617308015119
letters to nobody [Lime Green LP]
Artist: Scruffpuppie
Format: Vinyl
New: Not in Stock
Wish

Formats and Editions

DISC: 1

1. The Morning Where I Woke and Rode Again (Intro)
2. Assignment Song
3. October 14
4. Wondering How
5. Feel Better (FT. Stagehoax)
6. The Distance
7. We Miss You Even Thought You're Here
8. Paint
9. A Lesson from the Moon
10. Silly Ideologies
11. Lost and Found
12. Carelessness
13. Sometimes (FT. Phoebe Bridgers)

More Info:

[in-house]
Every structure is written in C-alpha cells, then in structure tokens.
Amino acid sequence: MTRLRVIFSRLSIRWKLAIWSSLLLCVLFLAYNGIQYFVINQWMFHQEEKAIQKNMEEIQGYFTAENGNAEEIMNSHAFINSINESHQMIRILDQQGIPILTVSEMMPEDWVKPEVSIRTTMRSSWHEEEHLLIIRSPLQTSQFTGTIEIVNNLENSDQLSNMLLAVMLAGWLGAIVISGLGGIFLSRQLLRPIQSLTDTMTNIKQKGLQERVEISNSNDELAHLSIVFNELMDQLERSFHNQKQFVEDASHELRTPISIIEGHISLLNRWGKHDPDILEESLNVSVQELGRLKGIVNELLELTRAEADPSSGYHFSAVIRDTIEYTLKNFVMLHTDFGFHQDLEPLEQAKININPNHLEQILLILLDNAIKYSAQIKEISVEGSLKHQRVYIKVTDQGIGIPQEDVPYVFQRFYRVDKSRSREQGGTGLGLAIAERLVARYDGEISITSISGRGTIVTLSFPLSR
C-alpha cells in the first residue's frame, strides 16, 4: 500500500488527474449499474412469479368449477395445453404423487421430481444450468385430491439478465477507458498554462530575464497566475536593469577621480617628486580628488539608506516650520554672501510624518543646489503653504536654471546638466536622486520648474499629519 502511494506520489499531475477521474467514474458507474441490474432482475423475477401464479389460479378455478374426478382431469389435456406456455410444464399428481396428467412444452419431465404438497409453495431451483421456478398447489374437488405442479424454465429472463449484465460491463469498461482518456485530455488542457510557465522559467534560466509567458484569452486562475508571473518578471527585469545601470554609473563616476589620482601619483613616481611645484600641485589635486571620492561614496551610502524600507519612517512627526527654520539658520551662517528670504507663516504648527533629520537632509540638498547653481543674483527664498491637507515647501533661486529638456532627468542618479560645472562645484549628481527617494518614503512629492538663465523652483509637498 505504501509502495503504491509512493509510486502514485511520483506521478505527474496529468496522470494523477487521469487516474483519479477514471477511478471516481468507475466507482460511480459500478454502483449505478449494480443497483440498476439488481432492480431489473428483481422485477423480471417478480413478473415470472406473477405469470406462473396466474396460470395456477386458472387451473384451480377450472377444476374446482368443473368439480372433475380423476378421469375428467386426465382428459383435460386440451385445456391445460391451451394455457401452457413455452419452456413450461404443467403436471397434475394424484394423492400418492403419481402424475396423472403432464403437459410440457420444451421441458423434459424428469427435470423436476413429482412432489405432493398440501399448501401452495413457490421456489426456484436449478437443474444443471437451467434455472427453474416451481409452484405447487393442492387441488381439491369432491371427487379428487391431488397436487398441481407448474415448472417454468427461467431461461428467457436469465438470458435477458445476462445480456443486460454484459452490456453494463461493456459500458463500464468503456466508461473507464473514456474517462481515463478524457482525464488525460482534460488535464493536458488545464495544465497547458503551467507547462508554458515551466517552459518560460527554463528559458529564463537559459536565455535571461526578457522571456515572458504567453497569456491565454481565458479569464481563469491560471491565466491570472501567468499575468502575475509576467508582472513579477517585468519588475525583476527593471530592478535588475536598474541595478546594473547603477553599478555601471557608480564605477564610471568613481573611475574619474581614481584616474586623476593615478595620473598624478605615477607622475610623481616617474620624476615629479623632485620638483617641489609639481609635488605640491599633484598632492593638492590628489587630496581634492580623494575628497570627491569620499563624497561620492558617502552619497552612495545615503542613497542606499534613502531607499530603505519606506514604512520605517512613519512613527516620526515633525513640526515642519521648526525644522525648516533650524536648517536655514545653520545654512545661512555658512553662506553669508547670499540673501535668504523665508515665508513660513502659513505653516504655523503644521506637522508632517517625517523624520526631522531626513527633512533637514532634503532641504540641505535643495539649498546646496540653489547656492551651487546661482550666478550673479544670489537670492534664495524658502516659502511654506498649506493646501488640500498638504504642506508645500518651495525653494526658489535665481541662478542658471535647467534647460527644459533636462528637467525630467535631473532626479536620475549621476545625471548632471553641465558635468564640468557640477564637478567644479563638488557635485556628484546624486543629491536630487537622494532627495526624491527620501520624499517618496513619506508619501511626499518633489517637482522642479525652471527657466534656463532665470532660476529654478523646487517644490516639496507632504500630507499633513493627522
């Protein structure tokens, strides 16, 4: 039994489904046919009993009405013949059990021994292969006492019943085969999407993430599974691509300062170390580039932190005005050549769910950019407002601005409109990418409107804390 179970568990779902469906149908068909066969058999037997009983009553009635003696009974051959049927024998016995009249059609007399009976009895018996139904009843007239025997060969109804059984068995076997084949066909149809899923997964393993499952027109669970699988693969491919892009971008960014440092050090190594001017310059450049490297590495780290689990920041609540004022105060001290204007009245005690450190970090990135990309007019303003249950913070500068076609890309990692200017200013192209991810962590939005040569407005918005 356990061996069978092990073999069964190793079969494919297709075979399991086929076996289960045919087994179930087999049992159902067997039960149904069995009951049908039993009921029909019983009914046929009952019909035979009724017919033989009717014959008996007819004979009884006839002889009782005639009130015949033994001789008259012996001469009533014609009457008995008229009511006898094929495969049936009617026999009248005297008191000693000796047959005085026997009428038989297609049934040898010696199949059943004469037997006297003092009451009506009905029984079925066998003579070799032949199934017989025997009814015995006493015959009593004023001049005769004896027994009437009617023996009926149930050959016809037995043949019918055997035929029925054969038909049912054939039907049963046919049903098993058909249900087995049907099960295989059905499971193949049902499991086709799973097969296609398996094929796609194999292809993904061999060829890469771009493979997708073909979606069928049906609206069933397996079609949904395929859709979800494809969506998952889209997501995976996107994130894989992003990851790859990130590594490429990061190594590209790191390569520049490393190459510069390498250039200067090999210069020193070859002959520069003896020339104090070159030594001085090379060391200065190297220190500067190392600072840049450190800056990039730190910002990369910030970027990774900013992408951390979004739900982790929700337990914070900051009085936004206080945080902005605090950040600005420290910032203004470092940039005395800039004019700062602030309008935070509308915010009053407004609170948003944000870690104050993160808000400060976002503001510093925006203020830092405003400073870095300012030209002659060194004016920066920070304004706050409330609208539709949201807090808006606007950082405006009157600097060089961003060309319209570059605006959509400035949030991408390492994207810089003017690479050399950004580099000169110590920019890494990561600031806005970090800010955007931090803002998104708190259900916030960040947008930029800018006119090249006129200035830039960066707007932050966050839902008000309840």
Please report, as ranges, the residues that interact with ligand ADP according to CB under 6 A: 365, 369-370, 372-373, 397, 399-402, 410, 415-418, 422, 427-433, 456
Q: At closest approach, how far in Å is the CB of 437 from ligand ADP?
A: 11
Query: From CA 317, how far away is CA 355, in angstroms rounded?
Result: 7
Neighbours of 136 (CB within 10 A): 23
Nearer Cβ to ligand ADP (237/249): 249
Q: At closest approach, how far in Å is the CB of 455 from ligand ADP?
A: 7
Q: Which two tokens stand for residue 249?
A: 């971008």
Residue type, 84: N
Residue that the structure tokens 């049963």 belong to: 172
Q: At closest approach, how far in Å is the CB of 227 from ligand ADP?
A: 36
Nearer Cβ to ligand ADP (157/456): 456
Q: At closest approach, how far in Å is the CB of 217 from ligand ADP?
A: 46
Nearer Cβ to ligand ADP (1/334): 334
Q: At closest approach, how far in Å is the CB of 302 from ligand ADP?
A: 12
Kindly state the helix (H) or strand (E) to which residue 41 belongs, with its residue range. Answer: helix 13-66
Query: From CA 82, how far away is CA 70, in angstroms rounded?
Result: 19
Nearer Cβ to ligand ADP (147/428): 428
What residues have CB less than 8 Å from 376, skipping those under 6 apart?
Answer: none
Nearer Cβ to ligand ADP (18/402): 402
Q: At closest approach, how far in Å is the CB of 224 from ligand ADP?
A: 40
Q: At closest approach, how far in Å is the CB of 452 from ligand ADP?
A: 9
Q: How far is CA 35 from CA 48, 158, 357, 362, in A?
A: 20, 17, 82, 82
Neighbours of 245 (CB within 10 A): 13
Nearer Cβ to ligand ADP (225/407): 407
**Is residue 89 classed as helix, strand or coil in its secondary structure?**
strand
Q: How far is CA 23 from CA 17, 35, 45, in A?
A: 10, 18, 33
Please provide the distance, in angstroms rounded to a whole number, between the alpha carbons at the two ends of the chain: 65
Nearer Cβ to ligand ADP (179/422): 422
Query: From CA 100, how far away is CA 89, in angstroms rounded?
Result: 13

JJ Shurbet's debut studio album as Scruffpuppie and first for Phoebe Bridgers' Saddest Factory Records is letters to nobody: a record of self-determination, of hard-won confidence and contrition, of clarified spirit and abundant mind. Drawing from midwest emo as much as it does Elliott Smith, classic indie, and hyperpop, the album, produced by Phoebe Bridgers collaborator Marshall Vore, establishes JJ as a unique songwriter with agnosticism towards genre but total devotion to pop songcraft - a musical polymath whose only guiding light is her own truth. Accordingly, letters to nobody is something to hold onto: a cropped, high-detail portrait of a turbulent adolescence, to be sure, but also a lifeline - a buoy in high water and a much-needed icon of brightness.After spending the first 12-odd years of her life in Texas, JJ and her family moved to Georgia; a year after that, Utah. By the time she moved to Utah, JJ's world opened up. She began to foster a love of film and music became a significant part of her life, first as she played songs in bands with her schoolmates, and then as she started to write music for her short films, that she would record directly into iMovie. Slowly, JJ started to post videos of herself playing songs on YouTube with her videos frequently garnering over 100K views, with some of them reaching over 3M or 4M. At 16, she quit her job and started focusing on music. She released Zombie Boy, her debut project, on Bandcamp, and found that people were willing to listen beyond YouTube.Around the same time she was becoming known for her YouTube videos, JJ began experimenting with drugs. After a while, figuring that drugs could fuel her creativity and songwriting, she began using acid excessively and taking speed whenever she could all with the reasoning that it helped her creativity. Amidst it all, Scruffpuppie began to take off. Things began to spiral, eventually coming to a head in the moment immortalized in the intro track, "the morning where I woke and rode again." JJ entered rehab, and, while there, began to sketch out the beginnings of letters to nobody - if not exactly an album about the experience of going into rehab, then at least one wrought from the clarity it gave JJ.There is no single song that defines letters to nobody - it's an album that reveals itself to a listener over time, a portrait that appears deeper, more ineffably heart-rending, the more you look at it. It's a testament to the way art can act not just as a product, but as a tool of self-expression and healing - as something that can make any ending seem like a bright new beginning.